A well-written tract for our times. Show More Show Less. An ethical-liberal, neo-Lockean justification argues that respect is owed to individuals as personally and ethically autonomous beings with the capacity to choose, possibly revise and realize an individual conception of the good. This capacity is to be respected and furthered because it is seen as a necessary though not sufficient condition for attaining the good life cf.
Kymlicka Hence the argument presupposes a specific thesis about the good life—i. One may doubt whether such a way of life will necessarily be subjectively more fulfilling or objectively more valuable than one adopted in a more traditional way, without the presence of a range of options to choose from. Apart from that, the ethical-liberal theory could lead to a perfectionist justification of policies designed to further individual autonomy that could have a paternalistic character and lack toleration for non-liberal ways of life. In other words, there is the danger of an insufficient distinction between the components of objection and rejection mentioned above section 1.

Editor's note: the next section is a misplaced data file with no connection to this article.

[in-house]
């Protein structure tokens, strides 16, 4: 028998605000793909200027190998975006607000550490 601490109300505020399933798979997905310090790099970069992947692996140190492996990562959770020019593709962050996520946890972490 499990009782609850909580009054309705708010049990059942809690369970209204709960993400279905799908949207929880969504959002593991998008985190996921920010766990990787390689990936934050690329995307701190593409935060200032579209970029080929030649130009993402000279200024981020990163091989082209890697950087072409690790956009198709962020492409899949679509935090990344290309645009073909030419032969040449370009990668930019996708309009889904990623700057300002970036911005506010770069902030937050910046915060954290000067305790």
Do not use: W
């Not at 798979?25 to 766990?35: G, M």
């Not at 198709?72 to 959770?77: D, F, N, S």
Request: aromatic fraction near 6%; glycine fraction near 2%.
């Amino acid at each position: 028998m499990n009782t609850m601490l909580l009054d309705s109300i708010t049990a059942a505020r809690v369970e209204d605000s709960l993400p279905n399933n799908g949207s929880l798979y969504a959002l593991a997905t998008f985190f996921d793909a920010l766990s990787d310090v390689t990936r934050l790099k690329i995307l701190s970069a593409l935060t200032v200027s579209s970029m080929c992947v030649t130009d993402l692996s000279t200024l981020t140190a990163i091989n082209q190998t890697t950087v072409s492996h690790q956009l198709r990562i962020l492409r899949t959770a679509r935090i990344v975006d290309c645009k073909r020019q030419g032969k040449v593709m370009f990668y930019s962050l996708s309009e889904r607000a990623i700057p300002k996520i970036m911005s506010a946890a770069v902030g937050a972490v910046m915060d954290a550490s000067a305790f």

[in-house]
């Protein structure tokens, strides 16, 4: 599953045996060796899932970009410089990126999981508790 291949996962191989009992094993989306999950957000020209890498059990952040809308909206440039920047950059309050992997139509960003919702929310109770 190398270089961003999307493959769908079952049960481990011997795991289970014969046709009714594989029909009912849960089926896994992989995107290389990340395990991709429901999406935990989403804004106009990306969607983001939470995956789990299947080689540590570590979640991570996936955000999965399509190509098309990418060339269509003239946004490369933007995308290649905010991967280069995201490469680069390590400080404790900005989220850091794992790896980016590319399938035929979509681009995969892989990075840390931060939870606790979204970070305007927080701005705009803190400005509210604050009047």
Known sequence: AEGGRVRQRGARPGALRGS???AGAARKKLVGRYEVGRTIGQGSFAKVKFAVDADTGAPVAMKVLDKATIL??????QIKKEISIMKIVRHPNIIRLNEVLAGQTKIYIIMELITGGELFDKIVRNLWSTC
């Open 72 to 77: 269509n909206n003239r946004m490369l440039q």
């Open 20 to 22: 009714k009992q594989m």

Thus, an alternative, neo-Baylean justification of the respect conception seeks to avoid a particular conception of the good life, relying instead on the discursive principle of justification which says that every norm that is to be binding for a plurality of persons, especially norms that are the basis of legal coercion, must be justifiable with reasons that are reciprocally acceptable to all affected as free and equal persons.
Thus toleration consists of the insight that reasons of ethical objection , even if deeply held, cannot be valid as general reasons of rejection so long as they are reciprocally rejectable as belonging to a conception of the good or true way of life that is not and need not be shareable. With such a reflexive turn in the debate about toleration, a number of questions arise as to the alleged superior validity of the principle of justification and the plausibility of a neo-Baylean epistemology distinguishing between faith and knowledge.